By Gary Younge
When civil rights leaders met at the Roosevelt Hotel in Harlem in early July 1963 to hammer out the ground rules by which they would work together to organise the March on Washington there was really only one main sticking point: Bayard Rustin.
Rustin, a formidable organiser and central figure in the civil rights movement, was a complex and compelling figure. Raised a Quaker, his political development would take him through pacifism, communism, socialism and into the civil rights movement in dramatic fashion. In 1944, after refusing to fight in World War Two, he had been jailed as a conscientious objector. It was primarily through him that the leadership would adopt non-violent direct action not only as a strategy but a principle. “The only weapons we have is our bodies,” he once said. “And we have to tuck them in places so wheels don’t turn.”
Rustin was also openly gay, an attribute which was regarded as a liability in the early sixties in a movement dominated by clerics. His position became particularly vulnerable following his arrest in Pasadena, in 1953, when he was caught having sex with two men in a parked car. Charged with lewd vagrancy he plead out to a lesser ‘morals charge’ and was sent to jail for 60 days.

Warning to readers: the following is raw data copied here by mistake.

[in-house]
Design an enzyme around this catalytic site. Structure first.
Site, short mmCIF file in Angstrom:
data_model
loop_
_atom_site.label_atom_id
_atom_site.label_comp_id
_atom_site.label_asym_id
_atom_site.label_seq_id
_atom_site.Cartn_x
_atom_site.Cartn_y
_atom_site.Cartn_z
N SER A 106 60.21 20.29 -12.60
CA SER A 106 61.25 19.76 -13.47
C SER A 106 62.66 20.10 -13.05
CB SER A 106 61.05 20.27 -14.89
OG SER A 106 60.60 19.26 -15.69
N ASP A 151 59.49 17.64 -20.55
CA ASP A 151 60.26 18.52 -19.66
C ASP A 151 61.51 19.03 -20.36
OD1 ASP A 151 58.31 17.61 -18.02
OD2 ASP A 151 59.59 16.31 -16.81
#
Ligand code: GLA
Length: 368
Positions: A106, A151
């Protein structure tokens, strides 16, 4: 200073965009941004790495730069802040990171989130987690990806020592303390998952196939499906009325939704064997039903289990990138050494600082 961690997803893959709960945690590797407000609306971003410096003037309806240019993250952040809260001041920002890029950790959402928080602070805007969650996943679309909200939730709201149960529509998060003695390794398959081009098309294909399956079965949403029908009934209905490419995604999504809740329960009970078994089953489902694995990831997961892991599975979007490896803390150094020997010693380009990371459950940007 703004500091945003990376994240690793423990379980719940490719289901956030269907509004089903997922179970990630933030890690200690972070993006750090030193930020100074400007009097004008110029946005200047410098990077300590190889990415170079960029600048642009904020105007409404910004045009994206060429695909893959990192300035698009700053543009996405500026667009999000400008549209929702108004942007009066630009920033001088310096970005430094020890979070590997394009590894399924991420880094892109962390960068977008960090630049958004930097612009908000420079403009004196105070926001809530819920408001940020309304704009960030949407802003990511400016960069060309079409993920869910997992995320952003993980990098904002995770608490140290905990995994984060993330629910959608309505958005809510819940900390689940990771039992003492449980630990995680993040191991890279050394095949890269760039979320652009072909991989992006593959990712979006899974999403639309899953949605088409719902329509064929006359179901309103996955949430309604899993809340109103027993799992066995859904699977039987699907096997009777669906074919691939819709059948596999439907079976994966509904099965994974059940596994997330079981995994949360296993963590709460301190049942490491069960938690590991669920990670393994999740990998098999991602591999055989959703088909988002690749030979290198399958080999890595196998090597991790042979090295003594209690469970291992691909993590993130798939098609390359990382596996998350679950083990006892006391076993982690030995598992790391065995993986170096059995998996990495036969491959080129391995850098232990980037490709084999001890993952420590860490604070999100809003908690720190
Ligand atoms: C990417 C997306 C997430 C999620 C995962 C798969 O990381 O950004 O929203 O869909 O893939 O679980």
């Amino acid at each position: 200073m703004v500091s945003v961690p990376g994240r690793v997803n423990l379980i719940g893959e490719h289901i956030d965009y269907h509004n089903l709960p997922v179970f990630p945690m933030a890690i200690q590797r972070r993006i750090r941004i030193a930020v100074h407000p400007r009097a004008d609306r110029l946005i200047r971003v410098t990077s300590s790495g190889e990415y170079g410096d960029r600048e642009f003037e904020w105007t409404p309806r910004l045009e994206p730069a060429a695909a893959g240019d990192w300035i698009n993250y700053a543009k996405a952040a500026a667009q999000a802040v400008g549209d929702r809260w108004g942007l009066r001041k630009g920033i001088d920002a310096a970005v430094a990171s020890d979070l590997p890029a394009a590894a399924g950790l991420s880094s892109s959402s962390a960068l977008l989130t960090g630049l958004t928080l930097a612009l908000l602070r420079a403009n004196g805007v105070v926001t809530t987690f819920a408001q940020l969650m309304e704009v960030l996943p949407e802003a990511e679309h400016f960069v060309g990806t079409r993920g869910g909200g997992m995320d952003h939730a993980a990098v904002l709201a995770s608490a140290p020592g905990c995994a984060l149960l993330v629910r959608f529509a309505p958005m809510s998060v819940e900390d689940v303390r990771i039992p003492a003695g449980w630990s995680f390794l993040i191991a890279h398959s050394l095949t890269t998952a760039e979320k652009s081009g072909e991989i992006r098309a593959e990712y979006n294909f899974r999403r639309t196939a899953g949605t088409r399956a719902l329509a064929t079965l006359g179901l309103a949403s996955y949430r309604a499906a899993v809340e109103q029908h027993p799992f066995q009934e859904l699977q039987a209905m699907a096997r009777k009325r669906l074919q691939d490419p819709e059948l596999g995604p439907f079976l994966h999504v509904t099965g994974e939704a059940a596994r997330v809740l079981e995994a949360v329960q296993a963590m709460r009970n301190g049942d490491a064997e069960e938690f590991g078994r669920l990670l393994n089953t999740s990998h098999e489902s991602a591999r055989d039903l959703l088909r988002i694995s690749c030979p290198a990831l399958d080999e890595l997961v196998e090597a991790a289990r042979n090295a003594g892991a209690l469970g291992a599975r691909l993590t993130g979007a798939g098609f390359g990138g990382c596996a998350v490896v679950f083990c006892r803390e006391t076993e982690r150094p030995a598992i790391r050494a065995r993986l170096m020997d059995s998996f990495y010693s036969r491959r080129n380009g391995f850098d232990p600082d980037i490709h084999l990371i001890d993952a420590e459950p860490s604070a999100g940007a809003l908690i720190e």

Some in the room that day believed all this made him too great a liability to be associated with such a high profile event. Roy Wilkins of the NAACP, was candid. “I don’t want you leading that march on Washington, because you know I don’t give a damn about what they say, but publicly I don’t want to have to defend the draft dodging,” he said. “I know you’re a Quaker, but that’s not what I’ll have to defend. I’ll have to defend draft dodging. I’ll have to defend promiscuity. The question is never going to be homosexuality, it’s going to be promiscuity and I can’t defend that. And the fact is that you were a member of the Young Communist League. And I don’t care what you say, I can’t defend that.”
Wilkins did not get his way. Rustin would lead the march and do so brilliantly while Wilkins would be called upon to defend him and do so. Fifty years on the White House has announced that Bayard Rustin will be posthumously awarded the Presidential Medal of Freedom, the highest civilian award in the United States. The award marks the end of a journey for Rustin, who died in 1987: from marginalisation in both life and history to mainstream official accolade just in time for the 50th anniversary of arguably his crowning achievement – organising the march on Washington.